The House on Tuesday approved the most significant expansion of labor rights since the New Deal, advancing a bill that would neutralize right-to-work laws in 27 states and bolster workers’ ability to unionize after years of eroding clout.
The bill, the Protecting the Right to Organize Act, would amend a decades-old labor law to protect workers seeking to form a union from retribution or firing, strengthen the government’s power to punish employers who violate workers’ rights and outlaw mandatory meetings that employers often rely on to try to quash an organizing drive.
It would also make it harder for companies like Uber and Lyft to classify workers as independent contractors, paving the way for a potentially dramatic expansion in the pool of workers eligible to unionize.
The measure was all but certain to run into a brick wall of opposition in the Senate, where 60 votes would be needed to advance it past a filibuster and Republicans are broadly opposed. It passed the House 225 to 206, with five Republicans joining Democrats in favor.
Democrats, led by President Biden, have embraced the bill as a centerpiece of their agenda, seeking to elevate labor rights as an answer to economic and racial inequality and woo back white working-class voters who abandoned the party for former President Donald J. Trump. It comes as Mr. Biden, an outspoken defender of unions, has already taken an unusually active stance to wade into a battle over unionization at Amazon.
“As America works to recover from the devastating challenges of deadly pandemic, an economic crisis, and reckoning on race that reveals deep disparities, we need to summon a new wave of worker power to create an economy that works for everyone,” Mr. Biden said in a statement on Tuesday.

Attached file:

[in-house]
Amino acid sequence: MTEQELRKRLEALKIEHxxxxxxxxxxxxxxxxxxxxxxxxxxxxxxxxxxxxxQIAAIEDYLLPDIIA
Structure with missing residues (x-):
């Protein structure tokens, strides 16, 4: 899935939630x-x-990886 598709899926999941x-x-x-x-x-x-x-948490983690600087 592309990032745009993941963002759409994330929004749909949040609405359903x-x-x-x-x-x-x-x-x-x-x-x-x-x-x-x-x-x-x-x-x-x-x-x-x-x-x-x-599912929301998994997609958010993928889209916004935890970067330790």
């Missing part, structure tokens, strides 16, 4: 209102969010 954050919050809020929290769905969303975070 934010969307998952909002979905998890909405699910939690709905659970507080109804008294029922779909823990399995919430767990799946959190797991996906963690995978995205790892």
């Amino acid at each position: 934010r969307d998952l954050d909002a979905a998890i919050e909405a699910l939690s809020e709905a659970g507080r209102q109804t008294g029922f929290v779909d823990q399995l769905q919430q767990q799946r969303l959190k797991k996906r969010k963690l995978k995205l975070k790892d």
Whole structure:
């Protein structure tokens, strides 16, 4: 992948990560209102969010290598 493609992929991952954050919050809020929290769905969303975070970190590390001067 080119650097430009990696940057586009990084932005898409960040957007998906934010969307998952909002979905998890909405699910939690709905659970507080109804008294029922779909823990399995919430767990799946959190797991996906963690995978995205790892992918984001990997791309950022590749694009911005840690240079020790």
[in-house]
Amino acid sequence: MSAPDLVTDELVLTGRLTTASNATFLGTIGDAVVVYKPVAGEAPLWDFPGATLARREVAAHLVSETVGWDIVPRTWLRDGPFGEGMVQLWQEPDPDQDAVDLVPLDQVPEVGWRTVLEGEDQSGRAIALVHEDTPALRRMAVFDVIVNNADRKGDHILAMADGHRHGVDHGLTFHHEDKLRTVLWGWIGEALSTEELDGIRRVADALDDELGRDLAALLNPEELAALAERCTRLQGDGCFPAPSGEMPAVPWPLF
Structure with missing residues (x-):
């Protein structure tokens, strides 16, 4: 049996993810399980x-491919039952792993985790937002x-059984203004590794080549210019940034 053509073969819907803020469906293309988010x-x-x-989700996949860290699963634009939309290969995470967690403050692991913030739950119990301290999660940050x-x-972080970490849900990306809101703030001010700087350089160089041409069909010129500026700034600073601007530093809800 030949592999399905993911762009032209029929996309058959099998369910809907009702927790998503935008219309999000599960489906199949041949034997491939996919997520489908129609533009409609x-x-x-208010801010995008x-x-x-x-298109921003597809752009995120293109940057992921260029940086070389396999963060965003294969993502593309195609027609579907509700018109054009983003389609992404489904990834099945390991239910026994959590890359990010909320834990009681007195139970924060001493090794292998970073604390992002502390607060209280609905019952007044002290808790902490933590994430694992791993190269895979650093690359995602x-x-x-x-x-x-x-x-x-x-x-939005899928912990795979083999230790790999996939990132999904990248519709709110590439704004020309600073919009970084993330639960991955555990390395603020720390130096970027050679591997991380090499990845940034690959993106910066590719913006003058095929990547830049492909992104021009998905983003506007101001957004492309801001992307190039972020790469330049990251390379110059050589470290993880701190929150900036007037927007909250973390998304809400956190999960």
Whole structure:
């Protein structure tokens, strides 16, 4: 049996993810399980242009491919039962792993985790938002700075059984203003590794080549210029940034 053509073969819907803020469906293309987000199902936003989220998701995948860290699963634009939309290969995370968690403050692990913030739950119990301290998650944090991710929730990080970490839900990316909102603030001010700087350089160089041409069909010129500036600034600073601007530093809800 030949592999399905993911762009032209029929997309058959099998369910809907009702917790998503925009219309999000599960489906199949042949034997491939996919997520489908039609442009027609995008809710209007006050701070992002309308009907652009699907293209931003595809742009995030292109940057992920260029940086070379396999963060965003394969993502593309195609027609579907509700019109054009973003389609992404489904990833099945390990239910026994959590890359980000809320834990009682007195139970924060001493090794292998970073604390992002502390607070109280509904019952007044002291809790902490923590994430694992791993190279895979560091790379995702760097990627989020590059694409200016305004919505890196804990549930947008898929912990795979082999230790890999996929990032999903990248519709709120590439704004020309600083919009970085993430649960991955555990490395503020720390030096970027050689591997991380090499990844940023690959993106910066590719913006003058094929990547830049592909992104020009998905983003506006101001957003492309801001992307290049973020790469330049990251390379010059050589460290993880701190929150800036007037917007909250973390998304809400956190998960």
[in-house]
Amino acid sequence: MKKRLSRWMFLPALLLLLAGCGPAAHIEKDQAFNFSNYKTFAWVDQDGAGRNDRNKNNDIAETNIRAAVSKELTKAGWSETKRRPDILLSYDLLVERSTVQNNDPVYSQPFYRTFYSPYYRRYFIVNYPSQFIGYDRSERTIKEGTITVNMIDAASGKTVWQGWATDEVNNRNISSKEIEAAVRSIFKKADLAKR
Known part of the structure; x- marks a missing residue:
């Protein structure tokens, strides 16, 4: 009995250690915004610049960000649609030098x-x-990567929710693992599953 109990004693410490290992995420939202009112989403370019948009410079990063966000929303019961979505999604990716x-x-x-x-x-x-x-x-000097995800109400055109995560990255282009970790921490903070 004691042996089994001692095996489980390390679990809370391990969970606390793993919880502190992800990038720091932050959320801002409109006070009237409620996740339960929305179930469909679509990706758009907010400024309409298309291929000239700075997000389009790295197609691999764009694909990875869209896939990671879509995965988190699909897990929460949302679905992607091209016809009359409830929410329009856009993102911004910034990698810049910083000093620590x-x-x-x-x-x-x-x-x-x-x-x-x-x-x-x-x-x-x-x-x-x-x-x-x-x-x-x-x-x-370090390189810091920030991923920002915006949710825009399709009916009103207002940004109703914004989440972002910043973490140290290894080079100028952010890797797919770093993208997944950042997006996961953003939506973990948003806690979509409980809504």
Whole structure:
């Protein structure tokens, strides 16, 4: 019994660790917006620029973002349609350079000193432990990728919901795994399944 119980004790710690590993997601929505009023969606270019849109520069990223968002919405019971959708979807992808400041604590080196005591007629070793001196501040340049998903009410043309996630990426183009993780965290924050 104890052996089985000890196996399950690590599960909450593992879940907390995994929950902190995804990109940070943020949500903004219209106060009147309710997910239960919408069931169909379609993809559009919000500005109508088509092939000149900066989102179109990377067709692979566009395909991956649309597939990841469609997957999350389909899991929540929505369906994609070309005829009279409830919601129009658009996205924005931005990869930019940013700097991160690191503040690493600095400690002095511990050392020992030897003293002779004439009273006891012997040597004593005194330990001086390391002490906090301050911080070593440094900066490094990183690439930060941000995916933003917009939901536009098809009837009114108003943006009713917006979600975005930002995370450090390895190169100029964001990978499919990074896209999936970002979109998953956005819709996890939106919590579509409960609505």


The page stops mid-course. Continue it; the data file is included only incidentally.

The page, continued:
Business groups and most Republicans fiercely oppose the measure, arguing that it is a giveaway to union leaders by Democrats looking for campaign donations. They contend that it would hurt workers, trample on states’ rights and decimate businesses at a time when thousands of small companies have folded because of the economic turmoil surrounding the coronavirus pandemic.
The bill is “radical, backward-looking legislation, which will diminish the rights of workers and employers while harming the economy and providing a political gift to labor unions and their special interests,” Representative Virginia Foxx, Republican of North Carolina, said during the House’s debate.
The vote on the labor bill is one of almost a dozen House Democrats are plotting this month to push forward a flurry of long-sought liberal priorities on gun safety, gay rights, immigration, voting rights and other issues that would reshape the economy and several aspects of American society. Each faces similarly long odds in the Senate, but Democrats are working to ratchet up pressure on Republicans ahead of the 2022 midterm elections while persuading conservative Democrats to agree to eliminate the filibuster to achieve lasting policy changes.